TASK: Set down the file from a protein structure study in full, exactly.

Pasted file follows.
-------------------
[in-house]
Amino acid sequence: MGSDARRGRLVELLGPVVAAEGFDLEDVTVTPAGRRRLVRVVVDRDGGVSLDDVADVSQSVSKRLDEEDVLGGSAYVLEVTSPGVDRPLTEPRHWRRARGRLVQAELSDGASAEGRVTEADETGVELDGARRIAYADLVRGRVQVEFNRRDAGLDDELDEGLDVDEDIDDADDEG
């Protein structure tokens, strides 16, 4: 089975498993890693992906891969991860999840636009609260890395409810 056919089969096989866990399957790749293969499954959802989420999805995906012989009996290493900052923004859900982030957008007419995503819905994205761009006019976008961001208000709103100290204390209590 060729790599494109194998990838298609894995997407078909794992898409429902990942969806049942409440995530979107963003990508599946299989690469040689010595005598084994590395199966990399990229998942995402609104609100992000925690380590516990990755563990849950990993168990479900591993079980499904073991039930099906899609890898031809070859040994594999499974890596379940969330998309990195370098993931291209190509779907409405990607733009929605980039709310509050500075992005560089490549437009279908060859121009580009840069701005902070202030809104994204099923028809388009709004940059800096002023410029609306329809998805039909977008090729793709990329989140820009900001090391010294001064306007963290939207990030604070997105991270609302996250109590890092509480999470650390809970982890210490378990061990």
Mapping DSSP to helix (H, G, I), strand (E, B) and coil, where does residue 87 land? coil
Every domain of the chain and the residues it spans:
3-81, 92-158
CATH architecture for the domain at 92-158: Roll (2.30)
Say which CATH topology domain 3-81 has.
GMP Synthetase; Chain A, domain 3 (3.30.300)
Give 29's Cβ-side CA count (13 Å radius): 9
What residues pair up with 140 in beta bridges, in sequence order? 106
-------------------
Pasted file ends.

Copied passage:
[in-house]
Amino acid sequence: MGSDARRGRLVELLGPVVAAEGFDLEDVTVTPAGRRRLVRVVVDRDGGVSLDDVADVSQSVSKRLDEEDVLGGSAYVLEVTSPGVDRPLTEPRHWRRARGRLVQAELSDGASAEGRVTEADETGVELDGARRIAYADLVRGRVQVEFNRRDAGLDDELDEGLDVDEDIDDADDEG
């Protein structure tokens, strides 16, 4: 089975498993890693992906891969991860999840636009609260890395409810 056919089969096989866990399957790749293969499954959802989420999805995906012989009996290493900052923004859900982030957008007419995503819905994205761009006019976008961001208000709103100290204390209590 060729790599494109194998990838298609894995997407078909794992898409429902990942969806049942409440995530979107963003990508599946299989690469040689010595005598084994590395199966990399990229998942995402609104609100992000925690380590516990990755563990849950990993168990479900591993079980499904073991039930099906899609890898031809070859040994594999499974890596379940969330998309990195370098993931291209190509779907409405990607733009929605980039709310509050500075992005560089490549437009279908060859121009580009840069701005902070202030809104994204099923028809388009709004940059800096002023410029609306329809998805039909977008090729793709990329989140820009900001090391010294001064306007963290939207990030604070997105991270609302996250109590890092509480999470650390809970982890210490378990061990």
Mapping DSSP to helix (H, G, I), strand (E, B) and coil, where does residue 87 land? coil
Every domain of the chain and the residues it spans:
3-81, 92-158
CATH architecture for the domain at 92-158: Roll (2.30)
Say which CATH topology domain 3-81 has.
GMP Synthetase; Chain A, domain 3 (3.30.300)
Give 29's Cβ-side CA count (13 Å radius): 9
What residues pair up with 140 in beta bridges, in sequence order? 106